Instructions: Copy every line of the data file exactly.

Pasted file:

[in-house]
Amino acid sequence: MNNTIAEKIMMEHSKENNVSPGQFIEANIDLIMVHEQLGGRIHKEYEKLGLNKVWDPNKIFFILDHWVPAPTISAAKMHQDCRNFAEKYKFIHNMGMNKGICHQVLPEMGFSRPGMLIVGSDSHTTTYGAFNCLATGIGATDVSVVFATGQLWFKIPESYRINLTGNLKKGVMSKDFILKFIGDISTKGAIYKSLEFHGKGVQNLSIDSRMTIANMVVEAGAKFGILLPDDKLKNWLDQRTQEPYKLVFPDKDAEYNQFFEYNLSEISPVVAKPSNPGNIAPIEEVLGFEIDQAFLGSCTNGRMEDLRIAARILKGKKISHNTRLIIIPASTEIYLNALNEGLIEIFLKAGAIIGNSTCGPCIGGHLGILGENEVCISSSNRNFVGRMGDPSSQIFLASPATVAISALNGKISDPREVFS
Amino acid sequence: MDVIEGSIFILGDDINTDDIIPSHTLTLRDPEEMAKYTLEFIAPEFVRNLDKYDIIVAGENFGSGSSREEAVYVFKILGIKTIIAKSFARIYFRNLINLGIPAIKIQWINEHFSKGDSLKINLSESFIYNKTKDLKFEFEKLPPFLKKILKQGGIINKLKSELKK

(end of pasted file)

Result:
[in-house]
Amino acid sequence: MNNTIAEKIMMEHSKENNVSPGQFIEANIDLIMVHEQLGGRIHKEYEKLGLNKVWDPNKIFFILDHWVPAPTISAAKMHQDCRNFAEKYKFIHNMGMNKGICHQVLPEMGFSRPGMLIVGSDSHTTTYGAFNCLATGIGATDVSVVFATGQLWFKIPESYRINLTGNLKKGVMSKDFILKFIGDISTKGAIYKSLEFHGKGVQNLSIDSRMTIANMVVEAGAKFGILLPDDKLKNWLDQRTQEPYKLVFPDKDAEYNQFFEYNLSEISPVVAKPSNPGNIAPIEEVLGFEIDQAFLGSCTNGRMEDLRIAARILKGKKISHNTRLIIIPASTEIYLNALNEGLIEIFLKAGAIIGNSTCGPCIGGHLGILGENEVCISSSNRNFVGRMGDPSSQIFLASPATVAISALNGKISDPREVFS
Amino acid sequence: MDVIEGSIFILGDDINTDDIIPSHTLTLRDPEEMAKYTLEFIAPEFVRNLDKYDIIVAGENFGSGSSREEAVYVFKILGIKTIIAKSFARIYFRNLINLGIPAIKIQWINEHFSKGDSLKINLSESFIYNKTKDLKFEFEKLPPFLKKILKQGGIINKLKSELKK